“I feel the same way. If I meet a Robert De Niro or a Meryl Streep, I’m thunderstruck by their talent, but I don’t feel awe. But Van Johnson was a movie star when I was a kid going to the movies. And when he came onto the set to work, he was part of my own personal history and I was so shy I could barely talk to him. I mean, I’m standing three feet away from Van Johnson! This is the guy who, when I was a kid, I could walk out of a life of tedium and drabness, and there was Van Johnson in the cockpit of a plane, or down in Argentina with Esther Williams, who was quite a dish. So maybe, that total identification of an actor with the role he plays is one of the things that ‘Purple Rose of Cairo’ is about.”
So here he was, fresh from being described as one of the foremost filmmakers of his time: Woody Allen, afraid to talk to Van Johnson. I asked him how he thought of himself as a director and who he’d compare himself to.
“I like to think of a man like Ingmar Bergman,” he said. “I’m not comparing our work, God forbid, but I’m saying Bergman was a guy who would make two or three films in the same year. Some were great, some were not. He kept working. That’s what I’m trying to do. I want to get away from that sense that every film is an Event. I want to make a film, and experiment, and if it works out, fine, and if not, here’s the next one.
“There is a current phenomenon in the movie industry where a project turns into a lifestyle. The producer is having meetings with writers, and flying from New York to L.A., and setting up offices, and establishing a cash flow, and giving interviews, and it takes three years to make the movie. I don’t work like that. I have a dingy little office. All the money is up on the screen. I pay relatively small salaries. My intent is just to keep churning them out.”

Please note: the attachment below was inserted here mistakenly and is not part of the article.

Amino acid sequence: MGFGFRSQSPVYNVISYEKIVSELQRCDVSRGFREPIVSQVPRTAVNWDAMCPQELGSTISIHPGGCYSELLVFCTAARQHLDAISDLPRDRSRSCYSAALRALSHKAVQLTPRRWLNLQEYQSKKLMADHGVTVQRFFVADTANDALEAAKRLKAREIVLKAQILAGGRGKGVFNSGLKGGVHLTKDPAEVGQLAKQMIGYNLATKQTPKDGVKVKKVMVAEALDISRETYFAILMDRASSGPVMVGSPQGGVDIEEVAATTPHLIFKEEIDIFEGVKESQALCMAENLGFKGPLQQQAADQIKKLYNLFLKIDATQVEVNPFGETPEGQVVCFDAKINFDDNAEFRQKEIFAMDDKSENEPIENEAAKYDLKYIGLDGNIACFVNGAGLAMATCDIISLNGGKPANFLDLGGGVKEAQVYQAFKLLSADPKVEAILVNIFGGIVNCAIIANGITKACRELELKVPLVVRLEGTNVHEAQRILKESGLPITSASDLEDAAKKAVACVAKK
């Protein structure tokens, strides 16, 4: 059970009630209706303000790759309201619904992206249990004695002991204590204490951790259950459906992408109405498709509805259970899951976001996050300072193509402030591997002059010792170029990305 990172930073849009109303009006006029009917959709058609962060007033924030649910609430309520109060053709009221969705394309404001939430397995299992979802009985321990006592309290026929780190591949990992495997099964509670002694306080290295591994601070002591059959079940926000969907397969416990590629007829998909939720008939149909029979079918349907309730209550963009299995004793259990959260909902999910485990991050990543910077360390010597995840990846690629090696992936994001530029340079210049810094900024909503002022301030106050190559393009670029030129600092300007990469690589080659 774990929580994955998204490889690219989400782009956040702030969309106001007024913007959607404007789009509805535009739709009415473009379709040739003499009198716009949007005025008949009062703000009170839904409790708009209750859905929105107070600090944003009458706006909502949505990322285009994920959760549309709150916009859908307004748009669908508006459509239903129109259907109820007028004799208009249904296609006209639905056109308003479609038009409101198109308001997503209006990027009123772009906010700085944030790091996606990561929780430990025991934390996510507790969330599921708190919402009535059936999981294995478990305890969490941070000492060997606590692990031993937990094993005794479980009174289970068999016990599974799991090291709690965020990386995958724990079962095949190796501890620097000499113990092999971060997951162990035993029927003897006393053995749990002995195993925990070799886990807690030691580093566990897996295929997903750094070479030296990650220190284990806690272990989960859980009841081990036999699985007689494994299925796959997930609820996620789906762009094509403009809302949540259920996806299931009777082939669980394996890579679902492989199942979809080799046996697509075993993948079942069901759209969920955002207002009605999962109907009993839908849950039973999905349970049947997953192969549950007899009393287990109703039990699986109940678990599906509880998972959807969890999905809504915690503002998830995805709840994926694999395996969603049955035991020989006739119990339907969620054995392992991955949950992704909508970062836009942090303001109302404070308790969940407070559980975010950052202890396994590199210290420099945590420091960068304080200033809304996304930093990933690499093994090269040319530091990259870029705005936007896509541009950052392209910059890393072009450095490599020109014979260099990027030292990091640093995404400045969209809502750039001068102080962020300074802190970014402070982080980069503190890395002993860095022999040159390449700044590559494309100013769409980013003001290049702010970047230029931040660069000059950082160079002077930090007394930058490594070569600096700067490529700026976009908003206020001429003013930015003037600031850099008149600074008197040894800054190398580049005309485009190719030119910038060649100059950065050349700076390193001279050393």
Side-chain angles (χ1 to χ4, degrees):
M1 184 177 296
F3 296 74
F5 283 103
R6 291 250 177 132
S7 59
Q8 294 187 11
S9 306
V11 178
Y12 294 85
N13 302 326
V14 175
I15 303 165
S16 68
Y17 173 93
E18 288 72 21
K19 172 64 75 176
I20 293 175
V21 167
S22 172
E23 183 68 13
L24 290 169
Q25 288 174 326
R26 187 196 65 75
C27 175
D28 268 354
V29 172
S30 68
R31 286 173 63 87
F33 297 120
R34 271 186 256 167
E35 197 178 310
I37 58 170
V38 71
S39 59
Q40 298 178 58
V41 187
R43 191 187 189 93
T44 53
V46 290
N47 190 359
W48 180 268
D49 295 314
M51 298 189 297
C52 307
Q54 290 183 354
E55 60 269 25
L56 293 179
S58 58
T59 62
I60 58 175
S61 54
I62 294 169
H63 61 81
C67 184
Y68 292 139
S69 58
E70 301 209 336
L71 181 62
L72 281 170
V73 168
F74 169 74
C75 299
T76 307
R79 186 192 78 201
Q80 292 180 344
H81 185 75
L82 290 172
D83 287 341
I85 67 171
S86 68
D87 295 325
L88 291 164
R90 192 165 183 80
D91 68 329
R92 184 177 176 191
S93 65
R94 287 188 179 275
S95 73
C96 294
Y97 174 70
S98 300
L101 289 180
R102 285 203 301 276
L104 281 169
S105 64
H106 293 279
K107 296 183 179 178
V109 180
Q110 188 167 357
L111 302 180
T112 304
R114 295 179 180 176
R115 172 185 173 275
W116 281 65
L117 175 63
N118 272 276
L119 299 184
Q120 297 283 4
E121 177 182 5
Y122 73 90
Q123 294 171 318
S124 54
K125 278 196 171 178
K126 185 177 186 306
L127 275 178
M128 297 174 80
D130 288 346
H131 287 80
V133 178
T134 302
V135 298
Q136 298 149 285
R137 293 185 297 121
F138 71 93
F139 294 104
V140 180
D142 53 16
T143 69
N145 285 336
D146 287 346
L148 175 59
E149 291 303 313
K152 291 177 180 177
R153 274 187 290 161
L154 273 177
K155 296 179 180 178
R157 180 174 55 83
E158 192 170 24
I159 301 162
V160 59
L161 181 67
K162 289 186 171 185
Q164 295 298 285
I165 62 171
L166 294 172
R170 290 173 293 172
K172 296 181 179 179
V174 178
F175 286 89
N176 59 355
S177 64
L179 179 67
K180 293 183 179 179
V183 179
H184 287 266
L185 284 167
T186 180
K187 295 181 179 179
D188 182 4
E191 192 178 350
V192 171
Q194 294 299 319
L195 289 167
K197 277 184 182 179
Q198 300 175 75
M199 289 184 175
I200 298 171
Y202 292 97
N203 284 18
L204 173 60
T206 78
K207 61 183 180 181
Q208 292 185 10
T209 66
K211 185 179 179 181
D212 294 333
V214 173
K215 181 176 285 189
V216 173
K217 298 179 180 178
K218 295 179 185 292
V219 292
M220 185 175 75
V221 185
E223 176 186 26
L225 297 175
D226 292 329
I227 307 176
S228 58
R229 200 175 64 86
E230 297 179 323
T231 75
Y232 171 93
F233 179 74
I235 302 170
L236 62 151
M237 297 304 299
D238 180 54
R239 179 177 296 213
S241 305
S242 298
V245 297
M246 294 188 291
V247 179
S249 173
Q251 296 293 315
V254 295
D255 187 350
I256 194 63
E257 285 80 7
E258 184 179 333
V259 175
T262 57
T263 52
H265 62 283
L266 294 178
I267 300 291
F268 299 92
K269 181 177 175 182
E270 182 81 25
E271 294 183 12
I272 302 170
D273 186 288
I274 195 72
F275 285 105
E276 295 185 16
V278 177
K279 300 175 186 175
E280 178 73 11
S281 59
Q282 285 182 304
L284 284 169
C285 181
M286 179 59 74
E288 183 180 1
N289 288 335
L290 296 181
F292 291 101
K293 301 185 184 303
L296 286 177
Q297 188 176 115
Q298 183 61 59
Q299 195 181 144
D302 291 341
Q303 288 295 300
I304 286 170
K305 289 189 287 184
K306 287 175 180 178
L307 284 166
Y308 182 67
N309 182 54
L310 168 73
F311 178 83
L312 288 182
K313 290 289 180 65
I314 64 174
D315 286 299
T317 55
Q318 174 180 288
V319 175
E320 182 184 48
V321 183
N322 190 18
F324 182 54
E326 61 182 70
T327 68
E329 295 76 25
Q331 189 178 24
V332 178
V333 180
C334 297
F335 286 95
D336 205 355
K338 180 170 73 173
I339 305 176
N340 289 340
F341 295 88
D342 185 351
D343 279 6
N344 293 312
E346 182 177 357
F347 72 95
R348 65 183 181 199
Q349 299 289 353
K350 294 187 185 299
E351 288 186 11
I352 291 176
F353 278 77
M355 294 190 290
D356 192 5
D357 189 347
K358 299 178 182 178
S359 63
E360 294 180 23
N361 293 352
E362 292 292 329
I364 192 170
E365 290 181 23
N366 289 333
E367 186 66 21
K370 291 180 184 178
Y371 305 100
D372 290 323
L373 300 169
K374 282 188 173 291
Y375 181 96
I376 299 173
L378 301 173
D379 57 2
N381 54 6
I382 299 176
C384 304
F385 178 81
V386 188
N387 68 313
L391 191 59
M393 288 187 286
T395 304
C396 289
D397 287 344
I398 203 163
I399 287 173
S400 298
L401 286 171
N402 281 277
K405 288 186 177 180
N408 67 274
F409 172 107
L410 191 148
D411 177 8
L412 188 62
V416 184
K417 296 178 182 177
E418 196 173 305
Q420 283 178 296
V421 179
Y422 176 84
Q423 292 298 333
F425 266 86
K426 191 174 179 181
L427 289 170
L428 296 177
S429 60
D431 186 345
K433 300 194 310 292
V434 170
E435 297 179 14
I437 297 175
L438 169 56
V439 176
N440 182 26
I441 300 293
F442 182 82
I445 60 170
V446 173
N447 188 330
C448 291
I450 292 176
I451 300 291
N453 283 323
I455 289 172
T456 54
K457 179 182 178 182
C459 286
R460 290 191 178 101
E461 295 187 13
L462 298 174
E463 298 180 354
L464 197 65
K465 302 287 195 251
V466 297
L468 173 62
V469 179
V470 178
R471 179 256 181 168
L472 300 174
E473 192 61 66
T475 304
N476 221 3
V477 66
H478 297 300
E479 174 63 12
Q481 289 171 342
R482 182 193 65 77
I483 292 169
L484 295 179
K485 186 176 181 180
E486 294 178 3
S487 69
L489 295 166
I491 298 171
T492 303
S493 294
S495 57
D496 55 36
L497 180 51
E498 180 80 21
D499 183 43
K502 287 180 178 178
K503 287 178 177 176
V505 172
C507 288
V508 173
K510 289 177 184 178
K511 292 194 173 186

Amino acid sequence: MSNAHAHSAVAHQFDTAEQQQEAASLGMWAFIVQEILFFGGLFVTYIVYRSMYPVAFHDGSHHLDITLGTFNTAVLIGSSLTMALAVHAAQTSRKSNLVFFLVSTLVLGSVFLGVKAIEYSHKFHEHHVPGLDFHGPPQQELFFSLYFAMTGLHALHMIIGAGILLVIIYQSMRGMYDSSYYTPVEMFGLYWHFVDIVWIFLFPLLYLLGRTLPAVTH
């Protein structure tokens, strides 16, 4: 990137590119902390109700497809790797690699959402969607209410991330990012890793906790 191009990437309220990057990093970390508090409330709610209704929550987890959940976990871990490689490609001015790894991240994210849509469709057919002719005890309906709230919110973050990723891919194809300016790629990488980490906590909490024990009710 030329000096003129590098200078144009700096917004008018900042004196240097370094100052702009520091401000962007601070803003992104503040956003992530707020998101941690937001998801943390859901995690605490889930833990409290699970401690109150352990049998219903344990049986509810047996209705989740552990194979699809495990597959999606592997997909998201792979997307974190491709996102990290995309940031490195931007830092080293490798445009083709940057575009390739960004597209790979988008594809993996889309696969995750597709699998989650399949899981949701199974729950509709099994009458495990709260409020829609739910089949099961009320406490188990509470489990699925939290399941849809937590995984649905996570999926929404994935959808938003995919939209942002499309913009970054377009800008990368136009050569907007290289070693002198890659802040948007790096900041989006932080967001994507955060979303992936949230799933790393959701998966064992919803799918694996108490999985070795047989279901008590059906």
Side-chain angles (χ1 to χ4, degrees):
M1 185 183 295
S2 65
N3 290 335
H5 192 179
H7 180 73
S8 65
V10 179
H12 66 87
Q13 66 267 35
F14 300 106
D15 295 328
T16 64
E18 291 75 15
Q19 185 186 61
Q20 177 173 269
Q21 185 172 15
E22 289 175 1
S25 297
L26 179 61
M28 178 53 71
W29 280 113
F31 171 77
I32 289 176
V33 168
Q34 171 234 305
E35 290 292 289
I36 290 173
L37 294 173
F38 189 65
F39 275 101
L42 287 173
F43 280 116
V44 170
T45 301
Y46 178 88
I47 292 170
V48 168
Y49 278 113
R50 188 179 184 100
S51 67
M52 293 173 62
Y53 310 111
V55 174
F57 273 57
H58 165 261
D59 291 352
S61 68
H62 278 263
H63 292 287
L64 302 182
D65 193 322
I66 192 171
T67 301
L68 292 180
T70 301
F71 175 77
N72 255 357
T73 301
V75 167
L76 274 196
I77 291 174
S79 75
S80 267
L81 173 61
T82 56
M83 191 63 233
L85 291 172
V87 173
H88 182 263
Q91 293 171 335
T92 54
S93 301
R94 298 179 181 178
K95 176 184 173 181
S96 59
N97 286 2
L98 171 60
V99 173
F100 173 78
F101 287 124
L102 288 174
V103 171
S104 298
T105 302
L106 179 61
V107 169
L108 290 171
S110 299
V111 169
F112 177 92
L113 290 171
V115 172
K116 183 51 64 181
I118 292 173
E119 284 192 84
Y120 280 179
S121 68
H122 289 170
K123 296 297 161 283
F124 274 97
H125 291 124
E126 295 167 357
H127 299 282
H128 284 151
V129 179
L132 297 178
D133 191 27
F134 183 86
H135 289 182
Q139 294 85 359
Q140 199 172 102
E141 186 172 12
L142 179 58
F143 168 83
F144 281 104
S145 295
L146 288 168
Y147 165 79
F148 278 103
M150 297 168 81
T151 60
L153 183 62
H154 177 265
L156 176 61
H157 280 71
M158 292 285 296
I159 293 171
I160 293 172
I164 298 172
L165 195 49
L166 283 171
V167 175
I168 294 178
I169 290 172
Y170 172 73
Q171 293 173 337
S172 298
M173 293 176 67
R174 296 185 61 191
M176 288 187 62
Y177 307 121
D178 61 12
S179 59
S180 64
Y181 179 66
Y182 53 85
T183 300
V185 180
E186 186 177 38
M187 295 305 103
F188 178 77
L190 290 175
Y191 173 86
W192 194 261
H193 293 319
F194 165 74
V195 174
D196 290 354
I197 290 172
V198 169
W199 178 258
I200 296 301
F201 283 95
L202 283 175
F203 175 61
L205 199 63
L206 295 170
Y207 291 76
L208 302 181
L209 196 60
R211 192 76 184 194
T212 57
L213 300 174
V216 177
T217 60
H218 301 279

“"That makes you one of the most prolific directors in the country.”
“Yeah. You know, I think they opened a Pandora’s Box when they made ‘Star Wars.’ Suddenly it became known that there were certain rules that could be followed by clever filmmakers, and they could make untold millions of dollars. And then certain critics and national magazines all climb on the bandwagon, and you have mega-trends, and everybody’s talking about the same movie, and they’re marketing it everywhere.”
And it’s all, he seemed to be saying, the opposite of the movies he wants to keep churning out from his dingy little office.
“You know what really, really bothers me?” he said. “There was an article in the Sunday [New York] Times today, about the videocassette revolution. And how people are renting movies and bringing them home and not going out to the movie theater. It’s a sad thing. I’ll always be nostalgic for red plush carpets and getting all dressed up and feeling I can’t wait to see a new picture. Remember when it was 90 degrees outside, and you walked out of the blinding sun and paid your 20 cents and walked into the cool movie theater, and there was Louis Hayward up on the screen, and you were looking up at the gods, and you had walked from one world to another?”
“Yeah,” I said. “I remember.” And I thought, which is the greater miracle? That a movie character could walk out of a movie, or that we could walk into it?